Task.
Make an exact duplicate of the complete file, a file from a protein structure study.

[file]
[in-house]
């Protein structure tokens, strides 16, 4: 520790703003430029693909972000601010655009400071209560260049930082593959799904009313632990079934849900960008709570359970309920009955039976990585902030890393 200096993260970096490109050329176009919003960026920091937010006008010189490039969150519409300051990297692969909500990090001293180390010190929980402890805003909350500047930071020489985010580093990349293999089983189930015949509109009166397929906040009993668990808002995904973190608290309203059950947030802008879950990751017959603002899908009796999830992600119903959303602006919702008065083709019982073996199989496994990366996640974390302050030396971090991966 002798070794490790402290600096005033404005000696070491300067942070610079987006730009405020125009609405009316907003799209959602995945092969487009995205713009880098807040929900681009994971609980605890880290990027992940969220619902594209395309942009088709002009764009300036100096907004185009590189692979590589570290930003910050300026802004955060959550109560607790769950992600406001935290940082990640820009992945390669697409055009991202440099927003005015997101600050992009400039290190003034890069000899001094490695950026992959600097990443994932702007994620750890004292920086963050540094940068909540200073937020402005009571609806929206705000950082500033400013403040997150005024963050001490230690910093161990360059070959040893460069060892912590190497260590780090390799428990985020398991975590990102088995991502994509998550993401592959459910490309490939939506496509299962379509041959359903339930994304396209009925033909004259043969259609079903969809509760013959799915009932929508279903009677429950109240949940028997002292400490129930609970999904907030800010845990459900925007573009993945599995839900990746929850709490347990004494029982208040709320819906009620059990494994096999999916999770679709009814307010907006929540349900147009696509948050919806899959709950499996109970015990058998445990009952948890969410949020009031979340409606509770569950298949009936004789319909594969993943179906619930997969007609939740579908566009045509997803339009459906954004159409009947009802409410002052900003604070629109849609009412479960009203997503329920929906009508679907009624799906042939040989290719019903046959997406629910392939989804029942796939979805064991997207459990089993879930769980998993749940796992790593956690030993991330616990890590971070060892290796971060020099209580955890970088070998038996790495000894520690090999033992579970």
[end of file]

[in-house]
């Protein structure tokens, strides 16, 4: 520790703003430029693909972000601010655009400071209560260049930082593959799904009313632990079934849900960008709570359970309920009955039976990585902030890393 200096993260970096490109050329176009919003960026920091937010006008010189490039969150519409300051990297692969909500990090001293180390010190929980402890805003909350500047930071020489985010580093990349293999089983189930015949509109009166397929906040009993668990808002995904973190608290309203059950947030802008879950990751017959603002899908009796999830992600119903959303602006919702008065083709019982073996199989496994990366996640974390302050030396971090991966 002798070794490790402290600096005033404005000696070491300067942070610079987006730009405020125009609405009316907003799209959602995945092969487009995205713009880098807040929900681009994971609980605890880290990027992940969220619902594209395309942009088709002009764009300036100096907004185009590189692979590589570290930003910050300026802004955060959550109560607790769950992600406001935290940082990640820009992945390669697409055009991202440099927003005015997101600050992009400039290190003034890069000899001094490695950026992959600097990443994932702007994620750890004292920086963050540094940068909540200073937020402005009571609806929206705000950082500033400013403040997150005024963050001490230690910093161990360059070959040893460069060892912590190497260590780090390799428990985020398991975590990102088995991502994509998550993401592959459910490309490939939506496509299962379509041959359903339930994304396209009925033909004259043969259609079903969809509760013959799915009932929508279903009677429950109240949940028997002292400490129930609970999904907030800010845990459900925007573009993945599995839900990746929850709490347990004494029982208040709320819906009620059990494994096999999916999770679709009814307010907006929540349900147009696509948050919806899959709950499996109970015990058998445990009952948890969410949020009031979340409606509770569950298949009936004789319909594969993943179906619930997969007609939740579908566009045509997803339009459906954004159409009947009802409410002052900003604070629109849609009412479960009203997503329920929906009508679907009624799906042939040989290719019903046959997406629910392939989804029942796939979805064991997207459990089993879930769980998993749940796992790593956690030993991330616990890590971070060892290796971060020099209580955890970088070998038996790495000894520690090999033992579970």